The buds take in a lot of water that stays in them for long. This makes the environment moist and acidic, conditions that favor fungal infections.
Mold cannot attack buds in alkaline conditions. So spraying the buds with water adjusted to pH 8 neutralizes the acidic environment and keeps the mold at bay.
The easiest way to increase the PH is to use pH Up, but you can also use sodium bicarbonate.
The application of potassium bicarbonate on the buds alters the pH of the water in the buds. The change in pH helps kill the fungal spores and reduces your plants’ susceptibility to mold and mildew.
The buds will be safe as long as the PH-adjusted water stays on the buds.
Mold can only occur when incessant rains wash the PH-adjusted water.
You should thus ensure you repeat the process after another heavy downpour.
Shake The Plants After The Rain
After the rains, the buds and the leaves hold a lot of water. Shaking the buds removes most of it.
Whatever moisture is left after you shake the plants can naturally be evaporated, even when the sun shines mildly.
Shaking the buds only might not help if you’re growing in highly humid climates. You can combine the two— shake the plant, then spray them with pH-adjusted water if the weather forecast doesn’t favor them.
Watch The Plants
Inspect the flowers after a heavy downpour for signs of mold. Overcast days limit sunlight and slow the rate of evaporation. This promotes the spread of mold.
If spotted early, fungal infections can be controlled. But fighting bud rot when it’s already advanced is futile.
And when you look for the mold, explore the core of the buds. The thick top colas are the worst because rainwater lodges in deeper.
If you spot the mold earlier, on the outside, deep inside the clusters is where you want to focus. Most times, you think you’ve dealt with the mold only for the hidden spores to wreak havoc.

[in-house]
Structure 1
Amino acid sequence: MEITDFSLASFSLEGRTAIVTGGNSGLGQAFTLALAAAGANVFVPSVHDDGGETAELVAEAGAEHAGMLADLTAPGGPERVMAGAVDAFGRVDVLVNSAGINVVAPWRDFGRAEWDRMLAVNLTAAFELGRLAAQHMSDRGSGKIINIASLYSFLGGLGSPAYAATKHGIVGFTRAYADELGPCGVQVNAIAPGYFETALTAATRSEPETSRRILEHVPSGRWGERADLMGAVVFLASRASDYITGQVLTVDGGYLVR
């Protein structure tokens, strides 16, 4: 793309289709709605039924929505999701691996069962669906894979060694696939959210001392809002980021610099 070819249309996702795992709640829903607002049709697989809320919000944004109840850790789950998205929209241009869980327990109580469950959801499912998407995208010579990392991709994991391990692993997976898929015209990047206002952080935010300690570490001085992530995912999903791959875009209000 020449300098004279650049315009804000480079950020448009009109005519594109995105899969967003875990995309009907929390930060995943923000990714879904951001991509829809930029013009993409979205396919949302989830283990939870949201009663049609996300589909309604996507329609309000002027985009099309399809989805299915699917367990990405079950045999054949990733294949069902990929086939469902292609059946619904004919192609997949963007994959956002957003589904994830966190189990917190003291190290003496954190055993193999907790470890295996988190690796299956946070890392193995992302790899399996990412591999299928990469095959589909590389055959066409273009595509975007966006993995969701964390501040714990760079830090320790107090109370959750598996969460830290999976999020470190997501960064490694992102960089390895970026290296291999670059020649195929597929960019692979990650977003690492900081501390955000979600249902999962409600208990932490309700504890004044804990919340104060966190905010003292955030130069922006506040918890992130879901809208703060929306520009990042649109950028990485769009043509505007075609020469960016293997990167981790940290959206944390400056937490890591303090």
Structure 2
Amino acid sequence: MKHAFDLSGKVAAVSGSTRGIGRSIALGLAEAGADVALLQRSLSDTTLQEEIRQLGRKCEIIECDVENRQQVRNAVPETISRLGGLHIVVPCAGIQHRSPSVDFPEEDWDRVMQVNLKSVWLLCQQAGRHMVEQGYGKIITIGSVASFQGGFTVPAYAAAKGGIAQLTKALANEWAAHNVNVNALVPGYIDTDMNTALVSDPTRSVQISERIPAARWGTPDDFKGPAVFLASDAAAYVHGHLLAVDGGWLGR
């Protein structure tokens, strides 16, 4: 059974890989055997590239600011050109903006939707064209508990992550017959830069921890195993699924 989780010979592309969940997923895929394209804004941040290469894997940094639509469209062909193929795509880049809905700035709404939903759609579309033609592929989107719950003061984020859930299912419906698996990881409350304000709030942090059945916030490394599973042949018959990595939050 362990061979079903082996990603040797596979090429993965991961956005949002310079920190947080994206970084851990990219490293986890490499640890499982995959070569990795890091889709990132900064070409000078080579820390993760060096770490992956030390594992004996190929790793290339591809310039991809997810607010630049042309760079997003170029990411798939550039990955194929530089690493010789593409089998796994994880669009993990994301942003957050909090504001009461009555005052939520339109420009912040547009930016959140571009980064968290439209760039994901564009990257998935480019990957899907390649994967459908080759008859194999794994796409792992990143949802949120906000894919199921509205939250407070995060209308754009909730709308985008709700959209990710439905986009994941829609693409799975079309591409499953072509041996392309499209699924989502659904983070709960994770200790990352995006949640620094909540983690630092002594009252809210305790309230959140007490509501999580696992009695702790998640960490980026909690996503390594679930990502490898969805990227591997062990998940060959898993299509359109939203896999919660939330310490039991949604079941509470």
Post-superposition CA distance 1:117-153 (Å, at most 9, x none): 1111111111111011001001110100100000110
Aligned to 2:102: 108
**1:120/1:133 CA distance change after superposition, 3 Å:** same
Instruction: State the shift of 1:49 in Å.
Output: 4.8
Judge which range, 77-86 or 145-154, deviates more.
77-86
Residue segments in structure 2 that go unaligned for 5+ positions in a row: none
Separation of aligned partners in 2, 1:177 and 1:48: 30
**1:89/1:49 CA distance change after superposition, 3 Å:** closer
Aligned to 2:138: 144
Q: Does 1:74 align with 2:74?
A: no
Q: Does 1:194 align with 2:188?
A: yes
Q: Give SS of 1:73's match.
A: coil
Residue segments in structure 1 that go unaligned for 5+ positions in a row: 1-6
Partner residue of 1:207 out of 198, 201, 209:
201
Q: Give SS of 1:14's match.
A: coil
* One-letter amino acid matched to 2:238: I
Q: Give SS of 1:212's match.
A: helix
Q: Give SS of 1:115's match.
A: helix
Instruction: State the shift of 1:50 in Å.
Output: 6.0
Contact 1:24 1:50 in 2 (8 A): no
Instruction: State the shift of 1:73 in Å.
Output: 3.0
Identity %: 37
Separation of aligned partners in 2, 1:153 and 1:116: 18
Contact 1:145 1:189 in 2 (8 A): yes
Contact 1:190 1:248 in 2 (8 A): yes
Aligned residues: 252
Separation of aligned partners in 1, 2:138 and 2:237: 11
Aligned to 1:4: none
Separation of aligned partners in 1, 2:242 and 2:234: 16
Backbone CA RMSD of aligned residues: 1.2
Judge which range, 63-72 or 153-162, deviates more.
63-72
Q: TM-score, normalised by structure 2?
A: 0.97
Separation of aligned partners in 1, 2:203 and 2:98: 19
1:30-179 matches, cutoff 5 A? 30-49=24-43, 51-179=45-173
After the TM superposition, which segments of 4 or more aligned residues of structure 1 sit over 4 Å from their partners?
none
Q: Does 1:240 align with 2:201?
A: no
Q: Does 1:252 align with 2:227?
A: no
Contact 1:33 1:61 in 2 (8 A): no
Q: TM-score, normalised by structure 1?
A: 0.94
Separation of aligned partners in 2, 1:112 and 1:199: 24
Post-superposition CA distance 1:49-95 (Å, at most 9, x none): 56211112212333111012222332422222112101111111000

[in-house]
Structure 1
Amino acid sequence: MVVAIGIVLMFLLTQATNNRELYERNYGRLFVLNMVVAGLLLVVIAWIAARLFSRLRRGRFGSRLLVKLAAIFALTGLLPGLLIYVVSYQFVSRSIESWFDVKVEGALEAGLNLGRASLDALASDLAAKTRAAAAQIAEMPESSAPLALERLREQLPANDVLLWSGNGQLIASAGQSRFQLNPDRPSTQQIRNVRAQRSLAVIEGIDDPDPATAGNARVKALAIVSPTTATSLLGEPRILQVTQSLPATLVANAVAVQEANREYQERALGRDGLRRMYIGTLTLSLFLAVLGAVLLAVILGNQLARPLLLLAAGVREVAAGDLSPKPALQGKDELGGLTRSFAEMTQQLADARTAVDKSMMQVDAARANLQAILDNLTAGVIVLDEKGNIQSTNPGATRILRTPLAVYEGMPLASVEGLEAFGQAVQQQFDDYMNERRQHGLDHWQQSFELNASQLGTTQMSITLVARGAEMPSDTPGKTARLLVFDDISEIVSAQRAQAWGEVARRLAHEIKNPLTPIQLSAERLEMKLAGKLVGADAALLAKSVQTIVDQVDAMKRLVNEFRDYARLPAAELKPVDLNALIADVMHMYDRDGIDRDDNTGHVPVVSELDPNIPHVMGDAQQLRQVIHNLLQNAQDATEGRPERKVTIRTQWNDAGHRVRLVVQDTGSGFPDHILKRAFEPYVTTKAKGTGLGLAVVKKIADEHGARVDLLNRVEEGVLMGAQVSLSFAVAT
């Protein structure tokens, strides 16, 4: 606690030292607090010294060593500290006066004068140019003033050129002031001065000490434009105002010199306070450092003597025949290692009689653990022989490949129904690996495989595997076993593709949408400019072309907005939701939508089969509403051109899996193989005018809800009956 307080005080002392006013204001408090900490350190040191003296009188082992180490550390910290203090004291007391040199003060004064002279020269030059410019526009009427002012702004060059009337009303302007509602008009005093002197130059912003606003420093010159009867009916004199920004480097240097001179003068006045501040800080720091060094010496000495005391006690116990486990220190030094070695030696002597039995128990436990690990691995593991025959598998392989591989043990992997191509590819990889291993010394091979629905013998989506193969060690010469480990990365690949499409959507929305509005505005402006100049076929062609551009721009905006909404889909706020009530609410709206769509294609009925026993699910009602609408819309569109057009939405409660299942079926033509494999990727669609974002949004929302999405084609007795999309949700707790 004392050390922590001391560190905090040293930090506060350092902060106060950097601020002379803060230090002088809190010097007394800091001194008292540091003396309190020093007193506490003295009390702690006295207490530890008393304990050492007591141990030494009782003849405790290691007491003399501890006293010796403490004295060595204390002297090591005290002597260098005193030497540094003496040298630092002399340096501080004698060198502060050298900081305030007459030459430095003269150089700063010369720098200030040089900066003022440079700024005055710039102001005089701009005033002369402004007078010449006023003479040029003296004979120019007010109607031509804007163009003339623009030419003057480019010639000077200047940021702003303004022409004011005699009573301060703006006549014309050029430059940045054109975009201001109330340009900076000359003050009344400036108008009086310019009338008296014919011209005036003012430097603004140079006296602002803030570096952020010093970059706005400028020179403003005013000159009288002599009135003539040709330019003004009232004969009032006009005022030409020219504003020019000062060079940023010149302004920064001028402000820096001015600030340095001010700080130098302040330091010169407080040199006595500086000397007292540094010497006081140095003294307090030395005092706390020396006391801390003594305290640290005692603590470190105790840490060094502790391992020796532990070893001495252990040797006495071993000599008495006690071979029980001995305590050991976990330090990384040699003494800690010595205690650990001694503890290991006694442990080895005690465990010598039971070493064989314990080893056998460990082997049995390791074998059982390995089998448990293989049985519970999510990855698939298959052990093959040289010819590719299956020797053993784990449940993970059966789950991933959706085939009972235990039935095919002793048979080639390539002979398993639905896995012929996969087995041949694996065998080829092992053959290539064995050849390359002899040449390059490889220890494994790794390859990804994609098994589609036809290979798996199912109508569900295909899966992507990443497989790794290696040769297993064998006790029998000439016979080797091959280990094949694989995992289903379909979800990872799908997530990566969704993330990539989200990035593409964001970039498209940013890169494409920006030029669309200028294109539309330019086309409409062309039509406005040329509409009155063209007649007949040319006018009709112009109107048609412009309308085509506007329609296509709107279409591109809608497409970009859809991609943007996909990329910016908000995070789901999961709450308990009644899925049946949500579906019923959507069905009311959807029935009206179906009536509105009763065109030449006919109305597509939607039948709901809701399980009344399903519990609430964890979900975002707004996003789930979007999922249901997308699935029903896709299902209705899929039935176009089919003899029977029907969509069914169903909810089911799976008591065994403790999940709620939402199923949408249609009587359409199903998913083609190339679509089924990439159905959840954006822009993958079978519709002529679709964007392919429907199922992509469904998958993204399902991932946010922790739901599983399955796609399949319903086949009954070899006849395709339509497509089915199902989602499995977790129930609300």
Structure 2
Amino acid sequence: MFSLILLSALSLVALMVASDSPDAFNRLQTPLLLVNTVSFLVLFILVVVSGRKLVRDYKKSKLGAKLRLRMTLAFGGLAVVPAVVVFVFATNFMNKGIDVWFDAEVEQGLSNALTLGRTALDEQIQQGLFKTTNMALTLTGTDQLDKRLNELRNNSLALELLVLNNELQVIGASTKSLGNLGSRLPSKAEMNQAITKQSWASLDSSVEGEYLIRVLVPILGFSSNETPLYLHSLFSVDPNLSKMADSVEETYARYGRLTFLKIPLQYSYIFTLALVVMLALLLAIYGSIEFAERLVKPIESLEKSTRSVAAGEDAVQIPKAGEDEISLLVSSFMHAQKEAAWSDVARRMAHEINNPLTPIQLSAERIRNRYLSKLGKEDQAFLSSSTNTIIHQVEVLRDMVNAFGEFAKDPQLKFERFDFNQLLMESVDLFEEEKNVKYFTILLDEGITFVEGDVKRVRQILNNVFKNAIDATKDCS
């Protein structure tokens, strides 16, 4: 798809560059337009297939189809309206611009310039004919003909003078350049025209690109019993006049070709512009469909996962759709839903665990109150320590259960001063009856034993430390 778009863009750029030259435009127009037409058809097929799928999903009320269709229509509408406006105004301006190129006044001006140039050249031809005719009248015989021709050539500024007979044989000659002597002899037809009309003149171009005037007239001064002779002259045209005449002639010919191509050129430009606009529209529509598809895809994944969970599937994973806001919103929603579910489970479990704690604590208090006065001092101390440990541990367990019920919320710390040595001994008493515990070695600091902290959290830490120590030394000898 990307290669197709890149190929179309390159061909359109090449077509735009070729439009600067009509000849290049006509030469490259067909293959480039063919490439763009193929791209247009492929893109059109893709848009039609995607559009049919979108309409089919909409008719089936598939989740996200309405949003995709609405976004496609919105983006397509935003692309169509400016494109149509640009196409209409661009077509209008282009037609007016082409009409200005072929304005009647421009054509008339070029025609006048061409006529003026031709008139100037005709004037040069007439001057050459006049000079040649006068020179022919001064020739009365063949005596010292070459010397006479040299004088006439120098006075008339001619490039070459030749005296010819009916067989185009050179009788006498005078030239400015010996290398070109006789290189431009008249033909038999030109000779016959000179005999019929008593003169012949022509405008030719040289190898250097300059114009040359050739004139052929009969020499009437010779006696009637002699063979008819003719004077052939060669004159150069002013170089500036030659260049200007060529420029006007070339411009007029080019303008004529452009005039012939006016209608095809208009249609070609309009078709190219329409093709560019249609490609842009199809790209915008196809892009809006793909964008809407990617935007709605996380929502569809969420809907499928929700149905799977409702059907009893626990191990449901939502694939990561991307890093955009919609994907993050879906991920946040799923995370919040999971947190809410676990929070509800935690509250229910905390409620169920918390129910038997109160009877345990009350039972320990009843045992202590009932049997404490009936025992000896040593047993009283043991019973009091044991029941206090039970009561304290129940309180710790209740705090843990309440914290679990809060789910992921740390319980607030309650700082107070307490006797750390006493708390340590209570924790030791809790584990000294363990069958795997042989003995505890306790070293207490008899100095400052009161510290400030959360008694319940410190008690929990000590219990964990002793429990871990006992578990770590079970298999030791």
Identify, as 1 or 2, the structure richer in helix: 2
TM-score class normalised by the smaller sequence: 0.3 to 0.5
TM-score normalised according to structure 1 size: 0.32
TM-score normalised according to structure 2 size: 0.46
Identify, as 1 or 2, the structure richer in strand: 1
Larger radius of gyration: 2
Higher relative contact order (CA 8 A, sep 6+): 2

Harvest As Soon As You Spot A Case Of Botrytis
If you’ve spotted a few cases of bud rot, harvest the plants as soon as possible. Botrytis spreads so fast, and once it attacks, you should remove the healthy buds before they get infected too.
Removing the buds earlier will not allow them the last weeks of maturity, but you get something. Once the trichomes are milky white, they can be harvested.
So don’t let botrytis spoil everything as you wait for them to turn amber.If it’s too early, simply cut the affected buds and contain the spread by spraying the pH-adjusted water on the remaining buds.
Grow Mold-Resistant Strains
If you’re growing in an area that receives long rains, it makes sense to begin on the right footing.
Investing in mold-resistant strains makes the most sense because your plants are likely to be swathed in highly humid conditions for long.
This sounds easy but can be pretty difficult because most breeders are concerned with potency and yield.
But when you get it right, your plants will be hardier to the vagaries of weather.
Note: Do not cover your plants during the long rainy days because covering the plants restricts airflow. Restricted airflow and high ambient humidity make the buds even more susceptible to mold.
Is It Ok To Leave Marijuana Plants Out In The Rain?
Leaving the plant outside in the rain isn’t okay when you can move it indoors. The rains can damage the trichomes by beating hard on them and making them more prone to mold infections.
Thus, moving the plants inside during the rainy days saves them from mold and mildew if you grow outside in a pot. However, if you’re growing in the ground, you will only have to tend to the plant after the rain.
Can Rain Damage Trichomes?
The rain can damage your trichomes, especially in the last stages of flowering when the bulbous trichomes are big. The rain can physically damage them or will promote fungal infections, which are worse.
In conclusion, rains, storms, and heavy winds are problems outdoor cannabis growers grapple with. Rain is especially worrying when it beats down hard for hours during the last stages of flowering. I hope you found the tips in this article helpful.